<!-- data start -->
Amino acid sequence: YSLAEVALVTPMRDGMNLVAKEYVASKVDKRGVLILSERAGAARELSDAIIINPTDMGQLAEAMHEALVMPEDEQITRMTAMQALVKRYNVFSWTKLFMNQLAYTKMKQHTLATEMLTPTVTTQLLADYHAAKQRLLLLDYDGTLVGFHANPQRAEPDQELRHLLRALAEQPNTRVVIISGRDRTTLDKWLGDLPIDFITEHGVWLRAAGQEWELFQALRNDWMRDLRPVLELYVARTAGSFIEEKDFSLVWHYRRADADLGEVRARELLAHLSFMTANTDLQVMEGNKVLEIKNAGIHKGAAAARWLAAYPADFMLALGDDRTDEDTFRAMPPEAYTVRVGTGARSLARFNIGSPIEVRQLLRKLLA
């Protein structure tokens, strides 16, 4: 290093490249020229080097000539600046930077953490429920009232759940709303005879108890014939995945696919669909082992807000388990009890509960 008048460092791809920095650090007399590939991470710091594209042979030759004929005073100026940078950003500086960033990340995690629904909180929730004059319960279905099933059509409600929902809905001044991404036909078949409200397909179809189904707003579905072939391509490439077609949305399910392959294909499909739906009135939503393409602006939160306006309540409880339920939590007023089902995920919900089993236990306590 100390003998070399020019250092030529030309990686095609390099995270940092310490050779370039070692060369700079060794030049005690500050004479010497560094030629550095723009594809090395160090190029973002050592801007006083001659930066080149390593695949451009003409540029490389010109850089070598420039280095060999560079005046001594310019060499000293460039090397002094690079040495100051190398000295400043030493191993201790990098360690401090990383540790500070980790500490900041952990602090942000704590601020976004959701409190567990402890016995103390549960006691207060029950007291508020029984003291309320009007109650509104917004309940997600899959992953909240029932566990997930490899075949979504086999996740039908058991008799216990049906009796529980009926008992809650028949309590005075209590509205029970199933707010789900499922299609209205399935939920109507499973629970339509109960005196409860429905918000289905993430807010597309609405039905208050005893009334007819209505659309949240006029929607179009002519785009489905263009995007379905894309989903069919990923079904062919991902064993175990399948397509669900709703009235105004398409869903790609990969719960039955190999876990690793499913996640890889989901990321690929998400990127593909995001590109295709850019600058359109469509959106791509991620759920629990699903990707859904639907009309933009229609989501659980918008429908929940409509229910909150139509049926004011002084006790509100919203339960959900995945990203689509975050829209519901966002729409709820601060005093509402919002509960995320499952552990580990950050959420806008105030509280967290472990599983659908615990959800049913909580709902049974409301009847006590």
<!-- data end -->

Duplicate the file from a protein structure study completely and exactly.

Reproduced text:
Amino acid sequence: YSLAEVALVTPMRDGMNLVAKEYVASKVDKRGVLILSERAGAARELSDAIIINPTDMGQLAEAMHEALVMPEDEQITRMTAMQALVKRYNVFSWTKLFMNQLAYTKMKQHTLATEMLTPTVTTQLLADYHAAKQRLLLLDYDGTLVGFHANPQRAEPDQELRHLLRALAEQPNTRVVIISGRDRTTLDKWLGDLPIDFITEHGVWLRAAGQEWELFQALRNDWMRDLRPVLELYVARTAGSFIEEKDFSLVWHYRRADADLGEVRARELLAHLSFMTANTDLQVMEGNKVLEIKNAGIHKGAAAARWLAAYPADFMLALGDDRTDEDTFRAMPPEAYTVRVGTGARSLARFNIGSPIEVRQLLRKLLA
């Protein structure tokens, strides 16, 4: 290093490249020229080097000539600046930077953490429920009232759940709303005879108890014939995945696919669909082992807000388990009890509960 008048460092791809920095650090007399590939991470710091594209042979030759004929005073100026940078950003500086960033990340995690629904909180929730004059319960279905099933059509409600929902809905001044991404036909078949409200397909179809189904707003579905072939391509490439077609949305399910392959294909499909739906009135939503393409602006939160306006309540409880339920939590007023089902995920919900089993236990306590 100390003998070399020019250092030529030309990686095609390099995270940092310490050779370039070692060369700079060794030049005690500050004479010497560094030629550095723009594809090395160090190029973002050592801007006083001659930066080149390593695949451009003409540029490389010109850089070598420039280095060999560079005046001594310019060499000293460039090397002094690079040495100051190398000295400043030493191993201790990098360690401090990383540790500070980790500490900041952990602090942000704590601020976004959701409190567990402890016995103390549960006691207060029950007291508020029984003291309320009007109650509104917004309940997600899959992953909240029932566990997930490899075949979504086999996740039908058991008799216990049906009796529980009926008992809650028949309590005075209590509205029970199933707010789900499922299609209205399935939920109507499973629970339509109960005196409860429905918000289905993430807010597309609405039905208050005893009334007819209505659309949240006029929607179009002519785009489905263009995007379905894309989903069919990923079904062919991902064993175990399948397509669900709703009235105004398409869903790609990969719960039955190999876990690793499913996640890889989901990321690929998400990127593909995001590109295709850019600058359109469509959106791509991620759920629990699903990707859904639907009309933009229609989501659980918008429908929940409509229910909150139509049926004011002084006790509100919203339960959900995945990203689509975050829209519901966002729409709820601060005093509402919002509960995320499952552990580990950050959420806008105030509280967290472990599983659908615990959800049913909580709902049974409301009847006590």